For the next three weeks, visitors to Brackenridge Park may get to see the 150 temporary workers hired by the Brackenridge Park Conservancy in collaboration with the city’s Parks and Recreation Department to clear several acres of dense brush.

And while these workers have common names like Adam, Annie and Bernard, they are anything but average. For one, their tough hooves and horns allow them to power through tough Texas plants without machinery. For another, they eat just about anything, including grass, twigs and even prickly pear cactus.

That would be because they’re goats.

Through the end of May, the goats will clear about 7 acres within Brackenridge Park’s Wilderness Area along Brackenridge Way. Separated from the public by portable electric fencing, the goats are able to go into spots where it can be unsafe and unsuitable for humans and heavy machinery, said goat wrangler Kyle Carr.

Carr owns and manages Rent-A-Ruminant Texas with his wife, Carolyn Carr. The two decided to become franchisees of Rent-A-Ruminant six years ago when they were unable to find a local chapter of the franchise to help them clear brush on their ranch.

“We were having issues with greenbrier — it was basically choking out our oak trees and we didn’t want to come in with heavy machinery and bulldoze everything,” Carr said. “So [my wife] kind of jokingly said we should hire a goat grazing company, and we realized there really wasn’t one in Texas.”

Resting on the job already? On Wednesday, 150 goats arrived to clear brush from overgrown land inside Brackenridge Park. Credit: Scott Ball / San Antonio Report

The idea to get goats to help clear brush in Brackenridge Park came from the Houston Arboretum, which is in its third year of using goats to control vegetation around its ponds and savanna, said Joe Turner, executive director of the Brackenridge Conservancy.

“Eco-friendly solutions to managing Brackenridge Park may be just the beginning,” Turner said in a press release. “If this project is successful, it could be considered for other city parks.”

Rio, a goat owned by Rent-A-Ruminant stands on his hind legs to reach green vegetation at Brackenridge Park.
Rio, a goat owned by Rent-A-Ruminant Texas, stands on his hind legs to reach green vegetation at Brackenridge Park. Goats will eat almost anything, including poison oak and prickly pear. Credit: Scott Ball / San Antonio Report

Hiring the goats for the project cost just under $18,000, which included transporting them from their home in Brownwood to San Antonio, said Charlotte Mitchell, a conservancy board member. The funding was raised by the conservancy, which helped the city avoid using taxpayer money, Mitchell said. Of that, $10,000 came from the Alamo Heights-Terrell Hills Garden Club, said Susan Altgelt, outgoing president of the club.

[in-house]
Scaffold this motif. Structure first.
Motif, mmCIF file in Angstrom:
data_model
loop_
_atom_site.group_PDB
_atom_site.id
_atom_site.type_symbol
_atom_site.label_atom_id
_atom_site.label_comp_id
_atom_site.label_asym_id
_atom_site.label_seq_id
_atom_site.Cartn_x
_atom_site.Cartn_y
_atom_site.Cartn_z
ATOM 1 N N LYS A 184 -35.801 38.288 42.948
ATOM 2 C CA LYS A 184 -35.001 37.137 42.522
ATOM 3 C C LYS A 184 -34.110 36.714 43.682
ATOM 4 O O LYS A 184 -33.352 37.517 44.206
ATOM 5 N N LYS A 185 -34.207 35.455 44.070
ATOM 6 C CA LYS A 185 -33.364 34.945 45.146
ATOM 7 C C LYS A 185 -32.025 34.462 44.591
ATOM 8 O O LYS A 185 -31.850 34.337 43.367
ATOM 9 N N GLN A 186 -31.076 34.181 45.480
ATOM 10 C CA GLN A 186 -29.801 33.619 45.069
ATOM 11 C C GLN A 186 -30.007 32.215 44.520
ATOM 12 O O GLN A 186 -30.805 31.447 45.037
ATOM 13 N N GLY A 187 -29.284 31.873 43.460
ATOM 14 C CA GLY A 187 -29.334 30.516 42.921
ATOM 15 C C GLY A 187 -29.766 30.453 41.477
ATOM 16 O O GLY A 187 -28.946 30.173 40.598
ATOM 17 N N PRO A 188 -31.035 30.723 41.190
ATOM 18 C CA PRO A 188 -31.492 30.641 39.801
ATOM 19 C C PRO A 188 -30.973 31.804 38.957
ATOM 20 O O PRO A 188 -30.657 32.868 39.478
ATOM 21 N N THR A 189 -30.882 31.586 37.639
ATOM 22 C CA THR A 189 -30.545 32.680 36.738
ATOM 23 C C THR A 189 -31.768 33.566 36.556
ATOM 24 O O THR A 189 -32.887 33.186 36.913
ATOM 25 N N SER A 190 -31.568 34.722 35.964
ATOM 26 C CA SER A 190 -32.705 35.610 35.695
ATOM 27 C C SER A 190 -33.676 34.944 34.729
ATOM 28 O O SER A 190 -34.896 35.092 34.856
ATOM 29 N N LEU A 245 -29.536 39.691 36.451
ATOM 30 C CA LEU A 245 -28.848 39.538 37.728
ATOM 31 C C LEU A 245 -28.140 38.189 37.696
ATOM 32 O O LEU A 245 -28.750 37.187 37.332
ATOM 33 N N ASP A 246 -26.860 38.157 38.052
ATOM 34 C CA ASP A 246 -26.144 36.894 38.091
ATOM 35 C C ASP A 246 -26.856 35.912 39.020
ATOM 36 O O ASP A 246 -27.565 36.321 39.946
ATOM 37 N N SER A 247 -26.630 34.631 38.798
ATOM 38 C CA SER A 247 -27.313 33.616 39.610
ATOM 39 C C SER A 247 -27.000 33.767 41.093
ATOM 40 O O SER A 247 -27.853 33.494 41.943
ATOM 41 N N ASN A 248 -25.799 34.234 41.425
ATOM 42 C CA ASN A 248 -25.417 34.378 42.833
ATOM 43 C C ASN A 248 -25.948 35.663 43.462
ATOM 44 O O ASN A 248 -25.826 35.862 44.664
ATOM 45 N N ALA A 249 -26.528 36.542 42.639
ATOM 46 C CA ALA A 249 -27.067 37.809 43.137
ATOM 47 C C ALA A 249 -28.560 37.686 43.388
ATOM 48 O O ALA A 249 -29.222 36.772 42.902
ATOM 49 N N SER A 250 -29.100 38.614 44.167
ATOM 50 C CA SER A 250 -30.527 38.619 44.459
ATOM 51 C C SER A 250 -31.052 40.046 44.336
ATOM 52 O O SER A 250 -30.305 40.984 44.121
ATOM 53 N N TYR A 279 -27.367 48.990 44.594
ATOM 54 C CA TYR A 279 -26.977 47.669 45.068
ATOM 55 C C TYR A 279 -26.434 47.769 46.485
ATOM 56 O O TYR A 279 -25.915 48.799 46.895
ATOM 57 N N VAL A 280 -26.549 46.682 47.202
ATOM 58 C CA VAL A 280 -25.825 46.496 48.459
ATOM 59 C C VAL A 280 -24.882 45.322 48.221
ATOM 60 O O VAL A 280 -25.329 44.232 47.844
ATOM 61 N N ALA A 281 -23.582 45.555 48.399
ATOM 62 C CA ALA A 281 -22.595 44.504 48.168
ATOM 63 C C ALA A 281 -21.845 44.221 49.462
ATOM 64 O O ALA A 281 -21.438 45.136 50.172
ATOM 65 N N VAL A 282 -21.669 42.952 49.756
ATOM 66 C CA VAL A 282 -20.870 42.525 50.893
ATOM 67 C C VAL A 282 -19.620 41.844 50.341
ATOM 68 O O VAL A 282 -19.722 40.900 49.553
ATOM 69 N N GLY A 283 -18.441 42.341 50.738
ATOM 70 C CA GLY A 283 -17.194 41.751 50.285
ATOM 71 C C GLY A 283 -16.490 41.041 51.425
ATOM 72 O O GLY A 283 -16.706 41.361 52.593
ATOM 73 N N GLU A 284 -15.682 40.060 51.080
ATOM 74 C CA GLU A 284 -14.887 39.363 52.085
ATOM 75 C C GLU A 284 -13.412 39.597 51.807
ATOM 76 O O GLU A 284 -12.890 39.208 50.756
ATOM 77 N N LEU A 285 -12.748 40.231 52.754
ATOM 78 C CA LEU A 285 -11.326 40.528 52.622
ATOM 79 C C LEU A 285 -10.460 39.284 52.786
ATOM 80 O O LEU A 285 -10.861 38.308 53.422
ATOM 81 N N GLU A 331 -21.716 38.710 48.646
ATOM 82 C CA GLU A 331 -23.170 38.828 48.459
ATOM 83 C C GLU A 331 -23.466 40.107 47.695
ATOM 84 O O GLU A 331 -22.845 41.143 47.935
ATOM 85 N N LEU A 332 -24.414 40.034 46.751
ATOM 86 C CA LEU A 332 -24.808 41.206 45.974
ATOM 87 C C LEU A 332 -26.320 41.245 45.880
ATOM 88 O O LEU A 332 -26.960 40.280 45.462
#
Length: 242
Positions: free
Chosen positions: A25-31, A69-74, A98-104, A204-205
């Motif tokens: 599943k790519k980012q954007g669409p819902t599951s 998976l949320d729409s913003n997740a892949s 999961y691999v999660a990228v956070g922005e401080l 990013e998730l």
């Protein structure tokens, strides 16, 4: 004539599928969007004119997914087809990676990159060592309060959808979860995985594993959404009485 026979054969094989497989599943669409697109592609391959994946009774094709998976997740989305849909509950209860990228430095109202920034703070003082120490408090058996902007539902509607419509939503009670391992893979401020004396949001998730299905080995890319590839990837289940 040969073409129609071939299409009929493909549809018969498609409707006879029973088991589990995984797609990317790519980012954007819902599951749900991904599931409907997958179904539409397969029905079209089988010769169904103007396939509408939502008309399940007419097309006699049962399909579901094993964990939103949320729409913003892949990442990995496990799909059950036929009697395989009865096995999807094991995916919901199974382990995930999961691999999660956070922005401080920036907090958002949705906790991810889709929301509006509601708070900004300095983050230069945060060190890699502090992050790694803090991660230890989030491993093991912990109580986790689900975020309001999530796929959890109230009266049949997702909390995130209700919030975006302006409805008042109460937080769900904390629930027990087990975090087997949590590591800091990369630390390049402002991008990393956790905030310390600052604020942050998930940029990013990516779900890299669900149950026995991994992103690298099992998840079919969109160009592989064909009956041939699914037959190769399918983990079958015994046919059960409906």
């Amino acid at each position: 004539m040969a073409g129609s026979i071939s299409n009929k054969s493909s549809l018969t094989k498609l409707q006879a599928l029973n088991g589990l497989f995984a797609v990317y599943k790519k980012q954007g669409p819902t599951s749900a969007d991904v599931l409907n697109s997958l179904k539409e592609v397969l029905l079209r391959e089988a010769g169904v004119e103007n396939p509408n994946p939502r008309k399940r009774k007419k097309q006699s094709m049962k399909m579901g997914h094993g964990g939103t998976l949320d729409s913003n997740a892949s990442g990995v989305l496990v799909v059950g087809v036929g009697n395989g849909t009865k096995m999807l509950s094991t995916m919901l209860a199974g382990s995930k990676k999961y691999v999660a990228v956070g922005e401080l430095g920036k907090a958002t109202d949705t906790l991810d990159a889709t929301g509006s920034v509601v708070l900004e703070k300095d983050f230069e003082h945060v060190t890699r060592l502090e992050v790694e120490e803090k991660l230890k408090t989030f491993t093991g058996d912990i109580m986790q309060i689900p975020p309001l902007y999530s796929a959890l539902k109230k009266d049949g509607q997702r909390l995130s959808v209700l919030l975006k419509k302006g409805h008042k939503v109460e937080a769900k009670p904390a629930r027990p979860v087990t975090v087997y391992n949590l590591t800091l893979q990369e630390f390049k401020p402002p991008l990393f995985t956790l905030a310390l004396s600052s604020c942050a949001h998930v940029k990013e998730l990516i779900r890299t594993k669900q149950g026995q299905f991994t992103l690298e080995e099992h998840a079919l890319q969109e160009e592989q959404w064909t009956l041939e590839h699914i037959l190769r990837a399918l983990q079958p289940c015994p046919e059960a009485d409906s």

The goats, ranging in age from 1 year to 10, also vary in size and breed, Carr said. Some are rescues and others are former show goats. Many were born on the Carr’s land, he said.

The eight breeds in the herd include Boer, Nubian, Kiko and Nigerian Dwarf, among others. Each and every goat in the herd has a name, which the Carrs can rattle off.

All 150 goats are individually named as identified by tags on their ears.
All 150 goats have names; park visitors should be able to catch a glimpse of the name tags on their ears. Credit: Scott Ball / San Antonio Report

Getting the goats for Brackenridge Park has been in the works for over a year now, Mitchell said. The project had to first be approved by the city’s Animal Care Services Department and then reviewed by Parks and Recreation.

“We’re excited to welcome the goats to the park and eager to see them in action,” said Homer Garcia III, director of the Parks and Recreation Department. “Many thanks to the Alamo Heights-Terrell Hills Garden Club and Brackenridge Park Conservancy donors for spearheading this eco-friendly effort for the park.”

Visitors who come to see the goats are asked to not pet them as they will be eating plants such as poison ivy, poison oak and other species containing oils that can transfer to human skin, Carr said. A bonus of using goats instead of mowers to clear these plants is that the goats’ stomachs sterilize the weeds so their seeds can’t regrow, he noted.

“This is our first time in the San Antonio area,” Carr said. “We’re really, really excited to be here because there’s a lot of opportunities for growth in this area.”

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Lindsey Carnett

Lindsey Carnett covers the environment, science and utilities for the San Antonio Report.